By Fergal Gleeson
Burch Family Wines are one of Western Australia’s largest family owned wineries, making wines under the Howard Park, Madfish, Mon Tout and Marchand and Burch labels.
Janice McDonald, their Chief Winemaker was reflecting on the fact that she is now making 9-12 Chardonnays across their ranges. If you want a yardstick for Chardonnay’s resurgence, when Janice joined in 2011 they were making four.
“Back in 2011 we were making an excess of high quality Chardonnay,” she says. “Now we are planting more Chardonnay in southern Margaret River to meet demand.”
They start at (RRP $18) for the Madfish range through to super-premium offerings,
I’ve tasted the Burch Family Chardonnays from Howard Park Miamup (RRP $28) right through to the gorgeous Howard Park (RRP$58) and Allingham Chardonnays (RRP$89). They capture the underlying fruit power of the region but it’s melded into something elegant and precise. These wines are some of the best Chardonnays being made in Australia.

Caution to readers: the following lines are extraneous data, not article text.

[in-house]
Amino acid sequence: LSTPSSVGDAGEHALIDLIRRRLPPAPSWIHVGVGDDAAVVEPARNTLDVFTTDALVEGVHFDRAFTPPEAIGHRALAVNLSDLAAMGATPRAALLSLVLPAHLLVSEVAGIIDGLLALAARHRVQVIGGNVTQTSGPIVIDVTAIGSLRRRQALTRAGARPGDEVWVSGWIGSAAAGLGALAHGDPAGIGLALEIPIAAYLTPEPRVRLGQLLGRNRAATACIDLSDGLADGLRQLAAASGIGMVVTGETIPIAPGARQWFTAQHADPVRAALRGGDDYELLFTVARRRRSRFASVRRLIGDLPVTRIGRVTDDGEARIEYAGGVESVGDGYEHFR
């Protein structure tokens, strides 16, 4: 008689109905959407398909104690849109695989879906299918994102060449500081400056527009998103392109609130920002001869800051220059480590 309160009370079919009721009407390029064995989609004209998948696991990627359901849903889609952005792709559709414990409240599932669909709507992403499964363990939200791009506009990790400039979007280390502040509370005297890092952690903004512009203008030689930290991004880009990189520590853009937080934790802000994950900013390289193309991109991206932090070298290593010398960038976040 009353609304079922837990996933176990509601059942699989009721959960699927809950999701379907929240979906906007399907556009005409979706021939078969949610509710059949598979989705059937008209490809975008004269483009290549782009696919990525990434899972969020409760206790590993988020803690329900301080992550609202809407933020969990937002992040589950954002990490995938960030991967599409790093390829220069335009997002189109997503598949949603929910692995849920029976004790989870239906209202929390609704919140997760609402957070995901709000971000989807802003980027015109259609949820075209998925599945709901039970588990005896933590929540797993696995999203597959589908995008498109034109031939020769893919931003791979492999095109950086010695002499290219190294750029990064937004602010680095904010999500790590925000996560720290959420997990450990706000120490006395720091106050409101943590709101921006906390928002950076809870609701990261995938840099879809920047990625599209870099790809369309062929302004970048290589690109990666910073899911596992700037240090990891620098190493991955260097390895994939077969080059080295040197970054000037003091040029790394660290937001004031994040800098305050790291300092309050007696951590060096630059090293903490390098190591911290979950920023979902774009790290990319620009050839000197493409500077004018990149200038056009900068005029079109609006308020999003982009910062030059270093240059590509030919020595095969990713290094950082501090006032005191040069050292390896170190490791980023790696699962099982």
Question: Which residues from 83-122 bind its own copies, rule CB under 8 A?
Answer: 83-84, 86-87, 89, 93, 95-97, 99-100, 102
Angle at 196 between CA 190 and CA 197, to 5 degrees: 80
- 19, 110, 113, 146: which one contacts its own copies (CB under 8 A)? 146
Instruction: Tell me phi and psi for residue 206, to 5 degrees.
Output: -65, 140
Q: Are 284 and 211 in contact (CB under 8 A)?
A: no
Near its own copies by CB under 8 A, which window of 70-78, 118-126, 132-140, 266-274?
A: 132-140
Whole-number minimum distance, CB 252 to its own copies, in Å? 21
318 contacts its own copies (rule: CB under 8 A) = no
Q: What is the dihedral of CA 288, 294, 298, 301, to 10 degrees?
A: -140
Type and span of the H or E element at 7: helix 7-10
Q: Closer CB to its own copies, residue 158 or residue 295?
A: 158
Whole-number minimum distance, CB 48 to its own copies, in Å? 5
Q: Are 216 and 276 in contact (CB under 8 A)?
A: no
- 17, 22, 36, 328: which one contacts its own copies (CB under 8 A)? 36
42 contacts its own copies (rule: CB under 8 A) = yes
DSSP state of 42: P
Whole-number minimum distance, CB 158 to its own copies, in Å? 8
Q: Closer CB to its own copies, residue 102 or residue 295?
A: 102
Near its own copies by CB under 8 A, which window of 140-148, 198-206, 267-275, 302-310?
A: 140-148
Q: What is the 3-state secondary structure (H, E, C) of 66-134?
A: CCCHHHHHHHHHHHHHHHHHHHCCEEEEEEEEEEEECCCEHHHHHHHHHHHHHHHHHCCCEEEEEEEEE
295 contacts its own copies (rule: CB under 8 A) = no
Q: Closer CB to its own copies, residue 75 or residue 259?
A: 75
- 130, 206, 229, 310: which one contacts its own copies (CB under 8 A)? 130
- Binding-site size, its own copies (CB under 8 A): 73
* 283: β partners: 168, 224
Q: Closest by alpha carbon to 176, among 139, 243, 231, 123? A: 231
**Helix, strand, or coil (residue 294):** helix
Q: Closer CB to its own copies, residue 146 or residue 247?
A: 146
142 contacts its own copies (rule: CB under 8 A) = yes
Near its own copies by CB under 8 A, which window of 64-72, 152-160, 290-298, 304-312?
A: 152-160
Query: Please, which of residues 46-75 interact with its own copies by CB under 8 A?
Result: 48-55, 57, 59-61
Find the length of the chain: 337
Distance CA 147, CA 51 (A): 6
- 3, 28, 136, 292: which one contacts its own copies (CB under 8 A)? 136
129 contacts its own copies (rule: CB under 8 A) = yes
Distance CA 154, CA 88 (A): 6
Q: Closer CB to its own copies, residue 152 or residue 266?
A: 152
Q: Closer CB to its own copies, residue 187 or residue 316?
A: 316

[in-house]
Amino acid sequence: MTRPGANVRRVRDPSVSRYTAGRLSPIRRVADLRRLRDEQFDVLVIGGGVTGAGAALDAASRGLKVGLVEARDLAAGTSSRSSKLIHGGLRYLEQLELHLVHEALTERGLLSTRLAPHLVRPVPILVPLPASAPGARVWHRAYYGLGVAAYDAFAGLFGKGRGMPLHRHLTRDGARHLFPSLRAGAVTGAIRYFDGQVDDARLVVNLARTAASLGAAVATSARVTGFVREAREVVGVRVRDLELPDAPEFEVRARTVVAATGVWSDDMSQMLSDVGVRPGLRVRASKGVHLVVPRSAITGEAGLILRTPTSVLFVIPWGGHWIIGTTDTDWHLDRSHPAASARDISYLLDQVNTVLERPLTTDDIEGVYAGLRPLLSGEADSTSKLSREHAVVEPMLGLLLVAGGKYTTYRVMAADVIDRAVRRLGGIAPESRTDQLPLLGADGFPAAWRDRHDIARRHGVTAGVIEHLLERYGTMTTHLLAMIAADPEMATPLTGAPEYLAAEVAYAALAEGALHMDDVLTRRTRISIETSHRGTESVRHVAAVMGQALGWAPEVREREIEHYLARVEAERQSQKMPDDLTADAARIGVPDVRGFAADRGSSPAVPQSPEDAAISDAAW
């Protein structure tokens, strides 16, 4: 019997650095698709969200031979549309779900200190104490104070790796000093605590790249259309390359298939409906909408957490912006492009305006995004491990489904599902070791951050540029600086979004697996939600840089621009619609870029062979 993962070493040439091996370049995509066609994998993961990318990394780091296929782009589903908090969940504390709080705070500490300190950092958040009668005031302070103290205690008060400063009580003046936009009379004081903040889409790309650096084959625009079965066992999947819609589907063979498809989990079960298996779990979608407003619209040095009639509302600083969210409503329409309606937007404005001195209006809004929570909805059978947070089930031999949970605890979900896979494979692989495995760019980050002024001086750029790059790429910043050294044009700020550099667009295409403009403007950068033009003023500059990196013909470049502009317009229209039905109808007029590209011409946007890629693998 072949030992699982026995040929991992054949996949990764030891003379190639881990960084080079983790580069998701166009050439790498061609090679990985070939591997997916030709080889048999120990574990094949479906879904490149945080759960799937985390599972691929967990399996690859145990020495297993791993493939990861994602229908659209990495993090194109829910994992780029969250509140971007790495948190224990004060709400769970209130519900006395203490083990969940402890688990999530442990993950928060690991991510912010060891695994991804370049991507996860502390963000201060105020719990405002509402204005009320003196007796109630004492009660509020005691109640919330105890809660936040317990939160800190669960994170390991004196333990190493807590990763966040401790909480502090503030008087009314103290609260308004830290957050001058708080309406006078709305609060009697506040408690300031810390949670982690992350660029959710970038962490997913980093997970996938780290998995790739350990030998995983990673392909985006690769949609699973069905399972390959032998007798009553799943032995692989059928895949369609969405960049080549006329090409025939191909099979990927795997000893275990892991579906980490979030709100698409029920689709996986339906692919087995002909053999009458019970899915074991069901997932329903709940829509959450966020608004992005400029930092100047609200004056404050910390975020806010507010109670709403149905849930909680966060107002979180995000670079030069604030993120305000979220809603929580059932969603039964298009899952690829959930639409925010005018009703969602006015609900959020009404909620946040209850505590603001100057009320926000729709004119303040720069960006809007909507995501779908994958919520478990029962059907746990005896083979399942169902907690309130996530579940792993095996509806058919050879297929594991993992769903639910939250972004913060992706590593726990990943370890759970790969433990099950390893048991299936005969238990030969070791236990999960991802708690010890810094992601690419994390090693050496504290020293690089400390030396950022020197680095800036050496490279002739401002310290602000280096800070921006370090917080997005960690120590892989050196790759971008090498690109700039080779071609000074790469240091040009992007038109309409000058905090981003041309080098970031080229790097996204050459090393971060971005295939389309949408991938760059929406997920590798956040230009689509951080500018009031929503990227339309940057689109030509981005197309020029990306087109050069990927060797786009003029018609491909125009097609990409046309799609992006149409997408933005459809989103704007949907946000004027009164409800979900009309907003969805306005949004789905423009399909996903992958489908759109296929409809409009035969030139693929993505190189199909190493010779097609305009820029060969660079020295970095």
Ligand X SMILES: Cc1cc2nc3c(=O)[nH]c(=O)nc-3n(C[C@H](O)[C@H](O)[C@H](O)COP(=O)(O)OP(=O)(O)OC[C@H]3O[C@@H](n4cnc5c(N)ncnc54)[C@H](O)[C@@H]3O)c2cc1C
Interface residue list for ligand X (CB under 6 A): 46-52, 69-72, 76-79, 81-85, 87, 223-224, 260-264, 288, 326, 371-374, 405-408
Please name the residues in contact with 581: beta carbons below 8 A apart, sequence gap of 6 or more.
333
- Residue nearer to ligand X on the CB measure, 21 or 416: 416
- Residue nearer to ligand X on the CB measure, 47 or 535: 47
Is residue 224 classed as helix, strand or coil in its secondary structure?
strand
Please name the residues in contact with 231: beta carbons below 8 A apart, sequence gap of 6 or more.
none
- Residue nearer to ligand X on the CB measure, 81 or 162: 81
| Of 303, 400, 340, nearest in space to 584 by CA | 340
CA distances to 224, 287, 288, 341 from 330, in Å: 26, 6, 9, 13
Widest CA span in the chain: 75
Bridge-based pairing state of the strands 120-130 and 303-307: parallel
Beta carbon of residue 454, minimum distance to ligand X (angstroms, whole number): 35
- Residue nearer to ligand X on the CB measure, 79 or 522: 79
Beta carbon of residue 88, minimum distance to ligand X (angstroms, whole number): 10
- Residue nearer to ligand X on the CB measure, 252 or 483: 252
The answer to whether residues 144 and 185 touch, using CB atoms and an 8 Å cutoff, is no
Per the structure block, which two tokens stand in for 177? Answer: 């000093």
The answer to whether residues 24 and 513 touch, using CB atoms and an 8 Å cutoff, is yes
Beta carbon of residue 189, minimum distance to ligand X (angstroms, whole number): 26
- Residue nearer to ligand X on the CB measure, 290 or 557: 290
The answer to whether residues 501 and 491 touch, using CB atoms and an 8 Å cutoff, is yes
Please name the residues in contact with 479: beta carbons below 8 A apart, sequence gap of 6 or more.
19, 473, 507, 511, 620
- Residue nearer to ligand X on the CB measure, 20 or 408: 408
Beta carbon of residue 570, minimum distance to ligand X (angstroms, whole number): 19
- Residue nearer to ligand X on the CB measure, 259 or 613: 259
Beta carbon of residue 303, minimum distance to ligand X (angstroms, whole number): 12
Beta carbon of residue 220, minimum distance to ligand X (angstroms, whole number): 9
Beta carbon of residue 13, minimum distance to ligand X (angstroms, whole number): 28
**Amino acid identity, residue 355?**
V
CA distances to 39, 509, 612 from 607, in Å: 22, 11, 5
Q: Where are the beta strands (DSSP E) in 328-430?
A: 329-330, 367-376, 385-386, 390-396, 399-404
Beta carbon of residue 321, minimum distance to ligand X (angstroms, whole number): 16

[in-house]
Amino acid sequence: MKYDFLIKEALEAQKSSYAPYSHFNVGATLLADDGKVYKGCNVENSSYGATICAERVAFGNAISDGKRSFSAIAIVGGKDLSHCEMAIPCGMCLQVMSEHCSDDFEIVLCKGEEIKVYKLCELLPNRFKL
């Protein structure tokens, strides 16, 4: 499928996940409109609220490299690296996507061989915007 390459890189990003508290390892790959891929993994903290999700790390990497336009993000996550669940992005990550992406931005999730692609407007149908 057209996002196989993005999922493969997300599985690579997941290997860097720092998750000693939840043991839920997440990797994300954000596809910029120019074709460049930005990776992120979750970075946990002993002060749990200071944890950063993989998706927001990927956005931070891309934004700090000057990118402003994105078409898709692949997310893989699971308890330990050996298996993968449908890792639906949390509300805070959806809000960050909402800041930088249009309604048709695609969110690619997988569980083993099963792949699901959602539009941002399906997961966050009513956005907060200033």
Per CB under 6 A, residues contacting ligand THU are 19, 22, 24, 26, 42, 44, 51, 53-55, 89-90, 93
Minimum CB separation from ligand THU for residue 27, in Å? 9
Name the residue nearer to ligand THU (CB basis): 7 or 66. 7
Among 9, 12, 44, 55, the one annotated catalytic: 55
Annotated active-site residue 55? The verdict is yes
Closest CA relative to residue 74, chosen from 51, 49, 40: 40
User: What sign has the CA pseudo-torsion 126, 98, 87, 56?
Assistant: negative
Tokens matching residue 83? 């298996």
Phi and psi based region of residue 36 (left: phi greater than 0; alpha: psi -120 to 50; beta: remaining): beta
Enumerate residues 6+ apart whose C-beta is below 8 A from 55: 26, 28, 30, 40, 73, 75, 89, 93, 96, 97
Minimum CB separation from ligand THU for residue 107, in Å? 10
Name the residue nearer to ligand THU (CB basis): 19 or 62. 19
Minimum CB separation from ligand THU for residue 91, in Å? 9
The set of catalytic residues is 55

Janice remembers tasting her first Chardonnay. It was the Leeuwin Estate Art Series at the Canberra National Wine Show in the late 1980s. “It was causing quite a few ripples,” she says. A harbinger of how significant the region would become in Chardonnay production.
Her style of making Chardonnay is to build layers and complexities using different techniques. “To use oak or not? How much time on lees?” she asks. “I like the fruit to be prominent. Wine is made of grapes and they should be the primary component. Everything else must supplement but not override. I don’t mind being old fashioned and using malolactic fermentation with the proviso that it’s not over doing it.”
Malolactic fermentation (malo) is a process where tart malic acid is converted into lactic acid which gives the wine a softer, creamier taste and reduces the acid.
The incredible intensity of the flavours is the defining characteristic of Margaret River Chardonnay for Janice. “The climate generates a lovely ripeness leading to unique Chardonnay and Cabernet which are the signature grapes of the region.”
This is a modified excerpt from an article that appeared in the spring edition of Your Margaret River Region Magazine